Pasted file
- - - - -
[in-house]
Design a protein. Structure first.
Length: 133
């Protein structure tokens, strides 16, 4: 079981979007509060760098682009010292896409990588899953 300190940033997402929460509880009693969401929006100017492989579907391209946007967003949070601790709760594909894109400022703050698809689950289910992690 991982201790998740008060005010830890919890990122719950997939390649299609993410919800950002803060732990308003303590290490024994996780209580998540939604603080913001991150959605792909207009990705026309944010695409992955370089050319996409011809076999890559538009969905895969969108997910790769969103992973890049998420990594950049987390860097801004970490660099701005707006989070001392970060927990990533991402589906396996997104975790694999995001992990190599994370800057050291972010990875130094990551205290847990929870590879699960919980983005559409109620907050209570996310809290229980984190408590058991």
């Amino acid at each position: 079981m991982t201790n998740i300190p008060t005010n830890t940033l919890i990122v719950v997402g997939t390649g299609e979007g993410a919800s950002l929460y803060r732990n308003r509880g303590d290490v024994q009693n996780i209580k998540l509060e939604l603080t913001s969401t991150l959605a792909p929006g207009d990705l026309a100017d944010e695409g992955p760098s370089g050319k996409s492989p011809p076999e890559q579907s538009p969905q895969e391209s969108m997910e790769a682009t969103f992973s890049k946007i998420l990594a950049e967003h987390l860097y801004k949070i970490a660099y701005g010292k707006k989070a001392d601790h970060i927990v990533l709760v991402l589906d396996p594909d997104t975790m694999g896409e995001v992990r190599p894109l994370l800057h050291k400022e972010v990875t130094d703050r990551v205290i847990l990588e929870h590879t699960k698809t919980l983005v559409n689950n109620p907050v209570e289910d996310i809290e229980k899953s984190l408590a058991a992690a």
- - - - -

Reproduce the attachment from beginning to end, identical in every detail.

[in-house]
Design a protein. Structure first.
Length: 133
């Protein structure tokens, strides 16, 4: 079981979007509060760098682009010292896409990588899953 300190940033997402929460509880009693969401929006100017492989579907391209946007967003949070601790709760594909894109400022703050698809689950289910992690 991982201790998740008060005010830890919890990122719950997939390649299609993410919800950002803060732990308003303590290490024994996780209580998540939604603080913001991150959605792909207009990705026309944010695409992955370089050319996409011809076999890559538009969905895969969108997910790769969103992973890049998420990594950049987390860097801004970490660099701005707006989070001392970060927990990533991402589906396996997104975790694999995001992990190599994370800057050291972010990875130094990551205290847990929870590879699960919980983005559409109620907050209570996310809290229980984190408590058991």
């Amino acid at each position: 079981m991982t201790n998740i300190p008060t005010n830890t940033l919890i990122v719950v997402g997939t390649g299609e979007g993410a919800s950002l929460y803060r732990n308003r509880g303590d290490v024994q009693n996780i209580k998540l509060e939604l603080t913001s969401t991150l959605a792909p929006g207009d990705l026309a100017d944010e695409g992955p760098s370089g050319k996409s492989p011809p076999e890559q579907s538009p969905q895969e391209s969108m997910e790769a682009t969103f992973s890049k946007i998420l990594a950049e967003h987390l860097y801004k949070i970490a660099y701005g010292k707006k989070a001392d601790h970060i927990v990533l709760v991402l589906d396996p594909d997104t975790m694999g896409e995001v992990r190599p894109l994370l800057h050291k400022e972010v990875t130094d703050r990551v205290i847990l990588e929870h590879t699960k698809t919980l983005v559409n689950n109620p907050v209570e289910d996310i809290e229980k899953s984190l408590a058991a992690a």